‘It assumes that all schools have the same financial and personnel capacities to accurately determine the number of students who require support and does not measure unmet need.

‘In short, it is neither fair, consistent nor rigorous.

‘Senator Birmingham recognised this himself when he said less than 12 months ago that the data he has based his policy on “fails a basic credibility test”.

‘That 2016 NCCD showed inexplicable anomalies between states and school sectors. The 2017 NCCD looks no different. There continue to be many anomalies. It fails the Minister’s own test. 

‘This would be immediately obvious to all stakeholders if he publically released all NCCD data collected since 2012.

‘Senator Birmingham insists the quality of data will improve, yet for the past three years this has not been the case.

‘For example, in the 2017 NCCD, for the third year in a row, some sectors have submitted data that strains credulity.’

Mr Elder said using the NCCD for funding compounds Senator Birmingham’s policy blunder over school Socio-Economic Status scores.

‘Senator Birmingham ignored the advice of the original Gonski Review panel’s final report and made SES scores the key determinant of funding for non-government schools in his education package back in May.

‘Now, he has been forced to review SES scores because of their unfair treatment of Catholic – and he has been forced to review using the NCCD to fund schools.

‘Back in May, the government said that their policies would “end the school funding wars”. Perhaps Senator Birmingham should just focus on bringing an end to his policy blunders.’

Book steps

How incredible are these stairs in Singleton Heights Primary School! Congrats to the Principal @bulldogspurs & Librarian @librarylookbook, as well as the team at Arty Pants Playground. 

From Kristin Ferguson

Friday, 8 December 2017

Visit Paula's Place to find her Christmas based units.


Came up to work to clean and do our semester 2 reports! There is always some issue with them, this time adding in absence days. Hopefully I can be guided through it over the phone.
Beetle at the front gate today.
I'll have my Ramose unit finished and on TPT next weekend.

Thursday, 7 December 2017

Sovereign Hill visit

Photos include: bowling, panning for gold, dress up and playing old fashioned games with Matt, troopers, Mail coach, gold pour, farm animals and more!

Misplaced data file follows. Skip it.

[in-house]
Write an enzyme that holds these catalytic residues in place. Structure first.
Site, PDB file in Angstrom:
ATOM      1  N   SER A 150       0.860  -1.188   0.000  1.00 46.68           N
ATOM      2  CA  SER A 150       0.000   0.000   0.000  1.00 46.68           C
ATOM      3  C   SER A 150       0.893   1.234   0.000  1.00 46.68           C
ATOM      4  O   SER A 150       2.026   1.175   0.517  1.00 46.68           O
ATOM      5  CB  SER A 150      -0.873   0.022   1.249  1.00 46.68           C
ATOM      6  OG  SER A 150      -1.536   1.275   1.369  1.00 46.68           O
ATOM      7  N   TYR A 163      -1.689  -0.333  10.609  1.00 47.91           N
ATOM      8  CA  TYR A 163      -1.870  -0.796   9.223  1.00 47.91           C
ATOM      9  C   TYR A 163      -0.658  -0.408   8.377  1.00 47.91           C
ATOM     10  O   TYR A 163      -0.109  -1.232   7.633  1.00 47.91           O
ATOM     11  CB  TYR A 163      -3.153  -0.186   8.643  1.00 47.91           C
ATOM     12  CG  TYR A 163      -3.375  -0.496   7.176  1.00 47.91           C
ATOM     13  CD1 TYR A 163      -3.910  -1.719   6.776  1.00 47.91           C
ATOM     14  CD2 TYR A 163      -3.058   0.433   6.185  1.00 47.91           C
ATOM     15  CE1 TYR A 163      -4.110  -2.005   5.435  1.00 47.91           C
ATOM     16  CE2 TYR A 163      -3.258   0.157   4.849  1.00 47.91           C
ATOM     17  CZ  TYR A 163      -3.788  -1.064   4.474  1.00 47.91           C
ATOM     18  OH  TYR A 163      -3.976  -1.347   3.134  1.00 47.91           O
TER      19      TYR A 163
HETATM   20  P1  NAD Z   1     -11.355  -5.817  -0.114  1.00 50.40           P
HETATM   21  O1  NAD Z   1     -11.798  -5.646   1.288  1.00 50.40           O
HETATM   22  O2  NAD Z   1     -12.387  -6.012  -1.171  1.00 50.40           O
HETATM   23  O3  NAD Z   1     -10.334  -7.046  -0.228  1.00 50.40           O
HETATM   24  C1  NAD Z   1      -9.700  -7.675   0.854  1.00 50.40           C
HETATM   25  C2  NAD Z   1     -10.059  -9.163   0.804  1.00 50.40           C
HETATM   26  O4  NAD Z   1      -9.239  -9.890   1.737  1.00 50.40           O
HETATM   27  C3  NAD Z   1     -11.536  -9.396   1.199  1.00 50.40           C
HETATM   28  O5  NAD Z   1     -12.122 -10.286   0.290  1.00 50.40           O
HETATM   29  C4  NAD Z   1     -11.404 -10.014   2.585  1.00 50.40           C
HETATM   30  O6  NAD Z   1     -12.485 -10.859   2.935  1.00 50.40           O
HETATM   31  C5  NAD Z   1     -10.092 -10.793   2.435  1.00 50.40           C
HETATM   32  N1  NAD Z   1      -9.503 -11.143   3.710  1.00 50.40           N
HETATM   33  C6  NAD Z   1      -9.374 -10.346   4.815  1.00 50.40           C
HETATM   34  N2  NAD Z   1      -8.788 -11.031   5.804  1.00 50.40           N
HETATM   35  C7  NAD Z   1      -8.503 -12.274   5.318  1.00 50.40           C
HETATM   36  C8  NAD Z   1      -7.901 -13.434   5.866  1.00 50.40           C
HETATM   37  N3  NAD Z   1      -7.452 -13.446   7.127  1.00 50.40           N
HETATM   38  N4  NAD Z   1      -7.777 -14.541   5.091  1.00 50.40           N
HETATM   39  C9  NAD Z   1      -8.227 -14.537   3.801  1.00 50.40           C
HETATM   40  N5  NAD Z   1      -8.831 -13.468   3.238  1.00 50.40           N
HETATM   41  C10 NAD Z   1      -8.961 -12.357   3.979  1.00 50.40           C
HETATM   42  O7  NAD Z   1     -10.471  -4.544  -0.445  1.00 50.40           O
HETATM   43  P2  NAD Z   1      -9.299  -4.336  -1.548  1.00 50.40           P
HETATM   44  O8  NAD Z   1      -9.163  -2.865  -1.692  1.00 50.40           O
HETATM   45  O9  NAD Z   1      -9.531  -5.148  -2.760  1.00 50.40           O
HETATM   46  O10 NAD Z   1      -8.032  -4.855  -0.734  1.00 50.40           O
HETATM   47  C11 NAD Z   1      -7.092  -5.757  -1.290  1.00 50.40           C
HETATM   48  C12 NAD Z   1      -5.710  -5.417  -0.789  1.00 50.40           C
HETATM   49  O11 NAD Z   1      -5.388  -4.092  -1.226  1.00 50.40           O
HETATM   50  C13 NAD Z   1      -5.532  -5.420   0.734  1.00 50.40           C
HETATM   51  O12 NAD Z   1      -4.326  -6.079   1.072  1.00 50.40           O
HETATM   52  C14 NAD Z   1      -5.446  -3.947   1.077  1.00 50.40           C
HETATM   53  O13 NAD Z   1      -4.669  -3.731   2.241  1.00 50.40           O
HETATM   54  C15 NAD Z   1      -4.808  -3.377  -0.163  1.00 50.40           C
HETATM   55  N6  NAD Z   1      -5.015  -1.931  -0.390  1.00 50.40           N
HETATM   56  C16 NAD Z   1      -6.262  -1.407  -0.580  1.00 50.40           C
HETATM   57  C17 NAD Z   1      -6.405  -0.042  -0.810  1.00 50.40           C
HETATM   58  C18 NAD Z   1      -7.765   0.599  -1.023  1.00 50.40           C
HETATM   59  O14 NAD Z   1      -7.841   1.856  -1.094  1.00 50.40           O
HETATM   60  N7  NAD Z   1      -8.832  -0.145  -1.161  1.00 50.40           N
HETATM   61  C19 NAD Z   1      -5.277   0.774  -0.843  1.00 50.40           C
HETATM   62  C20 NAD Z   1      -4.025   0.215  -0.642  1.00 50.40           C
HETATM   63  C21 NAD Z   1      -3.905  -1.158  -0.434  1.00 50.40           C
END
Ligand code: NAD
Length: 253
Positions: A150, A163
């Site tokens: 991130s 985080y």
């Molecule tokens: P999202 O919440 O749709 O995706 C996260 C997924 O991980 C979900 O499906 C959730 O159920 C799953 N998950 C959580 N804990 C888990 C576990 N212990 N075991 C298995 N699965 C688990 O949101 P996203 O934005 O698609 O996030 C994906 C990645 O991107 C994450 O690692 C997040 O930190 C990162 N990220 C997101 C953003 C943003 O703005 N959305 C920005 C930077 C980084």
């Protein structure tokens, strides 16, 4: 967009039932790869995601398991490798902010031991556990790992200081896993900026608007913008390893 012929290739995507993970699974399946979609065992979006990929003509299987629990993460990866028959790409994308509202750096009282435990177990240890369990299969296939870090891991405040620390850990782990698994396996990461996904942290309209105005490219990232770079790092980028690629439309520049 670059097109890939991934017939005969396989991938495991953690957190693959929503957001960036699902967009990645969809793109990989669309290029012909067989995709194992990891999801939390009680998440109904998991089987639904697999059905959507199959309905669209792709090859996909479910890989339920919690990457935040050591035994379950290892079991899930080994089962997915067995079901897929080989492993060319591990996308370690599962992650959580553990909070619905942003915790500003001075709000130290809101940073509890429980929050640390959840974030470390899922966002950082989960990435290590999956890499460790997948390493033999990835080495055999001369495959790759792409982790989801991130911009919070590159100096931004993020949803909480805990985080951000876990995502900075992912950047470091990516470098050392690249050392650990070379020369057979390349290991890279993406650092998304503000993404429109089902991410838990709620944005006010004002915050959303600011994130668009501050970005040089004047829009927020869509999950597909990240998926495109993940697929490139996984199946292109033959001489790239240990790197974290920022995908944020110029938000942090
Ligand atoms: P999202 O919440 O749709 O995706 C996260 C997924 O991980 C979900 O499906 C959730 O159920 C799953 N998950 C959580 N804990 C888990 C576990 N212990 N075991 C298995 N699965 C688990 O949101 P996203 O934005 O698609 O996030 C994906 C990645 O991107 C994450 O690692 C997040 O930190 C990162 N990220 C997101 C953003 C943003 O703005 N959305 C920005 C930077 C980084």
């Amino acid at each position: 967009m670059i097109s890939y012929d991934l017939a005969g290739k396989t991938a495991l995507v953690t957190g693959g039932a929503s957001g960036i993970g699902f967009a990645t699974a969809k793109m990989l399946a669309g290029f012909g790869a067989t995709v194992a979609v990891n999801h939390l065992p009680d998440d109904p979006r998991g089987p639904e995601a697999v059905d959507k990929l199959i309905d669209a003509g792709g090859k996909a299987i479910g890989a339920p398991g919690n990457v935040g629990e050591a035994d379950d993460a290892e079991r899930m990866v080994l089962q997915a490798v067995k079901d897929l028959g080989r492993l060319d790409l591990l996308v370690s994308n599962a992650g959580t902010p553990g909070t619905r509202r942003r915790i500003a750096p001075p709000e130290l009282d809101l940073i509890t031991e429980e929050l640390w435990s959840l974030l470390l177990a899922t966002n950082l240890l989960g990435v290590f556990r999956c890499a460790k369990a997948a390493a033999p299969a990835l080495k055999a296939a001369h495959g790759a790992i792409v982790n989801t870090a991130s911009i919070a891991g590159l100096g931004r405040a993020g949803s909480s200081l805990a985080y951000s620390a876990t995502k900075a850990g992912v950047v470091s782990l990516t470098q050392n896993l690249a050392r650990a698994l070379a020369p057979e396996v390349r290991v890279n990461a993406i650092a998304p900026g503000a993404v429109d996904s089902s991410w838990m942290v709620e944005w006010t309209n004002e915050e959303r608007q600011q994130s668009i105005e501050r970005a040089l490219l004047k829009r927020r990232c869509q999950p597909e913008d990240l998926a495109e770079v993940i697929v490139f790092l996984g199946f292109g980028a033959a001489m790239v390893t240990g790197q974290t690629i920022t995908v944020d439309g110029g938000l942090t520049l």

Great but tiring day!


Next step is now yours Mr Merlino

NSW Education Minister Rob Stokes has ruled out allowing computers to mark NAPLAN writing tasks, warning it is "preposterous" to suggest machines could do a better job than humans and described it as a "direct attack on the teaching profession".

Mr Stokes revealed his staunch opposition to computer marking of writing tests ahead of Friday's federal Education Council meeting when ministers will consider plans by the Australian Curriculum, Assessment and Reporting Authority (ACARA) to introduce robo marking next year.

Meanwhile the Sydney Morning Herald reports:

Private schools are set to get more than 100 per cent of their needs from governments under the  new "Gonski 2.0" plan

Wednesday, 6 December 2017

Myer Christmas window

Featuring a depiction of Melbourne at Christmas time in the early 60s
Other decorations on Sturt St at 6:30 this morning

Easter Island statues finished

Hatshepsut paper doll and wrapping a mummy!
My Prep girl reading today.
This morning at work.

Tuesday, 5 December 2017

Starting to make a mummy

Making Easter island statues and a mummy.
Decorating our tree

Finished Dick Whittington

Dick Whittington house and postcard finished. We start Stone Soup tomorrow.
Model ship looking good and Captain America poster finished.
Loads of these bugs around today
And these birds.

Monday, 4 December 2017

Yeah, One Nation knows what's what!

One Nation senator Brian Burston writes to all schools in NSW warning them of boat loads of armed foreigners coming here to enforce their religion and customs.

Gonski fraud

Victorian Catholic schools will soon receive millions more in Commonwealth funding for students with a disability than state schools.

The changes reflect new data – which the Catholic sector has previously described as "dodgy" – that determines funding under the Turnbull government's Gonski 2.0 model.


Funding for students with a disability was previously based on medical assessments, but is now based on teachers' assessments of students' needs.

New federal Education Department figures show that Commonwealth disability loadings for Victorian Catholic schools will increase by 26 per cent, to $188 million in 2018. 

Disability loadings for Victorian state schools will grow incrementally, by 5.6 per cent, to $171.7 million, while those for independent schools will dip 4.5 per cent to $117.8 million.

Victorian state schools – which educate 71.3 per cent of funded students with a disability according to the Productivity Commission – were previously set to receive the largest share of Commonwealth disability funding.

Catholic schools were initially projected to lose disability funding next year.

Sunday, 3 December 2017

Two Goats

Starting work on the Two Goats fable. Completed our fighter plane models and starting a pirate ship model.
Finishing off the Two Goats and starting work on Captain America for the grade 3 comics unit.